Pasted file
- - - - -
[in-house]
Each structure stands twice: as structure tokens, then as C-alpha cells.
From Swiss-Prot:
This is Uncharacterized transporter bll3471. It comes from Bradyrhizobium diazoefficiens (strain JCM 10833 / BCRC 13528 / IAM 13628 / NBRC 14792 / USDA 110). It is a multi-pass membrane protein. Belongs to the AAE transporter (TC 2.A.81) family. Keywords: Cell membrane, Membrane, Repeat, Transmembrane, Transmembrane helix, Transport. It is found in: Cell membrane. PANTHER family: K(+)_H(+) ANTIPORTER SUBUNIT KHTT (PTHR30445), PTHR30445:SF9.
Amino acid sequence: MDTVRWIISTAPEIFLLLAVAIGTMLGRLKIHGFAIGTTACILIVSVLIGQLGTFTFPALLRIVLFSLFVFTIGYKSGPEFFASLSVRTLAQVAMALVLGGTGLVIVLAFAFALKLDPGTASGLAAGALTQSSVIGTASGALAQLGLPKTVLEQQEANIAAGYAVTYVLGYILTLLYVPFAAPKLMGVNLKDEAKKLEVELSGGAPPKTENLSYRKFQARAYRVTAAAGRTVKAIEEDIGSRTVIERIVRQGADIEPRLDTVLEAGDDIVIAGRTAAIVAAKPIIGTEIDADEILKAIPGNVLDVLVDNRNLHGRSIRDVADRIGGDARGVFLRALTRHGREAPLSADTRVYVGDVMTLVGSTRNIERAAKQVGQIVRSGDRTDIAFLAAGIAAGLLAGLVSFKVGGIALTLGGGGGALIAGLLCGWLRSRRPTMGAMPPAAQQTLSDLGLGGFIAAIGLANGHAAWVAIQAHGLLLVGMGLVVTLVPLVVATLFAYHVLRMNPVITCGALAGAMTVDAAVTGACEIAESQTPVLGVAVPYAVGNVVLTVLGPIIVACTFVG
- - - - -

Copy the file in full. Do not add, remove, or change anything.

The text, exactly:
[in-house]
Each structure stands twice: as structure tokens, then as C-alpha cells.
From Swiss-Prot:
This is Uncharacterized transporter bll3471. It comes from Bradyrhizobium diazoefficiens (strain JCM 10833 / BCRC 13528 / IAM 13628 / NBRC 14792 / USDA 110). It is a multi-pass membrane protein. Belongs to the AAE transporter (TC 2.A.81) family. Keywords: Cell membrane, Membrane, Repeat, Transmembrane, Transmembrane helix, Transport. It is found in: Cell membrane. PANTHER family: K(+)_H(+) ANTIPORTER SUBUNIT KHTT (PTHR30445), PTHR30445:SF9.
Amino acid sequence: MDTVRWIISTAPEIFLLLAVAIGTMLGRLKIHGFAIGTTACILIVSVLIGQLGTFTFPALLRIVLFSLFVFTIGYKSGPEFFASLSVRTLAQVAMALVLGGTGLVIVLAFAFALKLDPGTASGLAAGALTQSSVIGTASGALAQLGLPKTVLEQQEANIAAGYAVTYVLGYILTLLYVPFAAPKLMGVNLKDEAKKLEVELSGGAPPKTENLSYRKFQARAYRVTAAAGRTVKAIEEDIGSRTVIERIVRQGADIEPRLDTVLEAGDDIVIAGRTAAIVAAKPIIGTEIDADEILKAIPGNVLDVLVDNRNLHGRSIRDVADRIGGDARGVFLRALTRHGREAPLSADTRVYVGDVMTLVGSTRNIERAAKQVGQIVRSGDRTDIAFLAAGIAAGLLAGLVSFKVGGIALTLGGGGGALIAGLLCGWLRSRRPTMGAMPPAAQQTLSDLGLGGFIAAIGLANGHAAWVAIQAHGLLLVGMGLVVTLVPLVVATLFAYHVLRMNPVITCGALAGAMTVDAAVTGACEIAESQTPVLGVAVPYAVGNVVLTVLGPIIVACTFVG